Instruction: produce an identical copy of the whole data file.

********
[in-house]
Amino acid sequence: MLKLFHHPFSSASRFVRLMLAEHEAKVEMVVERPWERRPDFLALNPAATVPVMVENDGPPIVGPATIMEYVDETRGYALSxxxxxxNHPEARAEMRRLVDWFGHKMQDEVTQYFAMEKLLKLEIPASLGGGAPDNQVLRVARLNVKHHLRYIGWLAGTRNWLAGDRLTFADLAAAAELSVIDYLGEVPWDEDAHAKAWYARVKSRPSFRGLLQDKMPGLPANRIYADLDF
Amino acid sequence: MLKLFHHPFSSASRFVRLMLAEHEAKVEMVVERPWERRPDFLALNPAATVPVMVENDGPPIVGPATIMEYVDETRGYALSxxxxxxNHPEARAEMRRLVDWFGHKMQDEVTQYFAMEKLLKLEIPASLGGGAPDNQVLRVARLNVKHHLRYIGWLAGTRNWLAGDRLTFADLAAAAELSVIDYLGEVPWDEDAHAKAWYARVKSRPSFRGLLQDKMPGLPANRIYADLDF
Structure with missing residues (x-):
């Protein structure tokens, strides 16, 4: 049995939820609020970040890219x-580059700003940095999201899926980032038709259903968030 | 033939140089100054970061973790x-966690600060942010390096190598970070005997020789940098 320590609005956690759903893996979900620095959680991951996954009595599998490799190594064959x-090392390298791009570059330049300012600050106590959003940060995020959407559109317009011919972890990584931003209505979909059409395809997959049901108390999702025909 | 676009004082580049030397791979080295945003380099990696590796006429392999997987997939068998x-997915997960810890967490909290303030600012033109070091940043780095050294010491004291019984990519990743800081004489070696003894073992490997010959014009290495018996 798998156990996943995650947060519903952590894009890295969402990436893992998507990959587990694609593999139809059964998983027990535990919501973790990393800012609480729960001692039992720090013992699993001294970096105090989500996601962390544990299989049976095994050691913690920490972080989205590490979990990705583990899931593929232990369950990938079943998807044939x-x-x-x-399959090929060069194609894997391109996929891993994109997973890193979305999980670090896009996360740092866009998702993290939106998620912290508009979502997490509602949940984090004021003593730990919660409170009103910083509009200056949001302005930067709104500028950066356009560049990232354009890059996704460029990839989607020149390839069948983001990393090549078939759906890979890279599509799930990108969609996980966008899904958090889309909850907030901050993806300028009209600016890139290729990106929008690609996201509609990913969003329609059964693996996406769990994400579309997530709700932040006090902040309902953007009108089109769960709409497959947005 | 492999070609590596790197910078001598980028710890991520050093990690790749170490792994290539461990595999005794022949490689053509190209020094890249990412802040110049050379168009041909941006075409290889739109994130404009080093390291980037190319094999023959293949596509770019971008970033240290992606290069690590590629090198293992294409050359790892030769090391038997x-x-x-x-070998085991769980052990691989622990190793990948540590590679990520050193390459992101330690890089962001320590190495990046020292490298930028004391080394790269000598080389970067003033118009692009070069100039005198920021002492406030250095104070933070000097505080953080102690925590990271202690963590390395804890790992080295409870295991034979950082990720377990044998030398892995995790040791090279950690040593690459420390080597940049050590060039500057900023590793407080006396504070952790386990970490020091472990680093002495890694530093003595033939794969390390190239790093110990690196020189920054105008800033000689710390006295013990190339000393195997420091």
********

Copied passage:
[in-house]
Amino acid sequence: MLKLFHHPFSSASRFVRLMLAEHEAKVEMVVERPWERRPDFLALNPAATVPVMVENDGPPIVGPATIMEYVDETRGYALSxxxxxxNHPEARAEMRRLVDWFGHKMQDEVTQYFAMEKLLKLEIPASLGGGAPDNQVLRVARLNVKHHLRYIGWLAGTRNWLAGDRLTFADLAAAAELSVIDYLGEVPWDEDAHAKAWYARVKSRPSFRGLLQDKMPGLPANRIYADLDF
Amino acid sequence: MLKLFHHPFSSASRFVRLMLAEHEAKVEMVVERPWERRPDFLALNPAATVPVMVENDGPPIVGPATIMEYVDETRGYALSxxxxxxNHPEARAEMRRLVDWFGHKMQDEVTQYFAMEKLLKLEIPASLGGGAPDNQVLRVARLNVKHHLRYIGWLAGTRNWLAGDRLTFADLAAAAELSVIDYLGEVPWDEDAHAKAWYARVKSRPSFRGLLQDKMPGLPANRIYADLDF
Structure with missing residues (x-):
């Protein structure tokens, strides 16, 4: 049995939820609020970040890219x-580059700003940095999201899926980032038709259903968030 | 033939140089100054970061973790x-966690600060942010390096190598970070005997020789940098 320590609005956690759903893996979900620095959680991951996954009595599998490799190594064959x-090392390298791009570059330049300012600050106590959003940060995020959407559109317009011919972890990584931003209505979909059409395809997959049901108390999702025909 | 676009004082580049030397791979080295945003380099990696590796006429392999997987997939068998x-997915997960810890967490909290303030600012033109070091940043780095050294010491004291019984990519990743800081004489070696003894073992490997010959014009290495018996 798998156990996943995650947060519903952590894009890295969402990436893992998507990959587990694609593999139809059964998983027990535990919501973790990393800012609480729960001692039992720090013992699993001294970096105090989500996601962390544990299989049976095994050691913690920490972080989205590490979990990705583990899931593929232990369950990938079943998807044939x-x-x-x-399959090929060069194609894997391109996929891993994109997973890193979305999980670090896009996360740092866009998702993290939106998620912290508009979502997490509602949940984090004021003593730990919660409170009103910083509009200056949001302005930067709104500028950066356009560049990232354009890059996704460029990839989607020149390839069948983001990393090549078939759906890979890279599509799930990108969609996980966008899904958090889309909850907030901050993806300028009209600016890139290729990106929008690609996201509609990913969003329609059964693996996406769990994400579309997530709700932040006090902040309902953007009108089109769960709409497959947005 | 492999070609590596790197910078001598980028710890991520050093990690790749170490792994290539461990595999005794022949490689053509190209020094890249990412802040110049050379168009041909941006075409290889739109994130404009080093390291980037190319094999023959293949596509770019971008970033240290992606290069690590590629090198293992294409050359790892030769090391038997x-x-x-x-070998085991769980052990691989622990190793990948540590590679990520050193390459992101330690890089962001320590190495990046020292490298930028004391080394790269000598080389970067003033118009692009070069100039005198920021002492406030250095104070933070000097505080953080102690925590990271202690963590390395804890790992080295409870295991034979950082990720377990044998030398892995995790040791090279950690040593690459420390080597940049050590060039500057900023590793407080006396504070952790386990970490020091472990680093002495890694530093003595033939794969390390190239790093110990690196020189920054105008800033000689710390006295013990190339000393195997420091």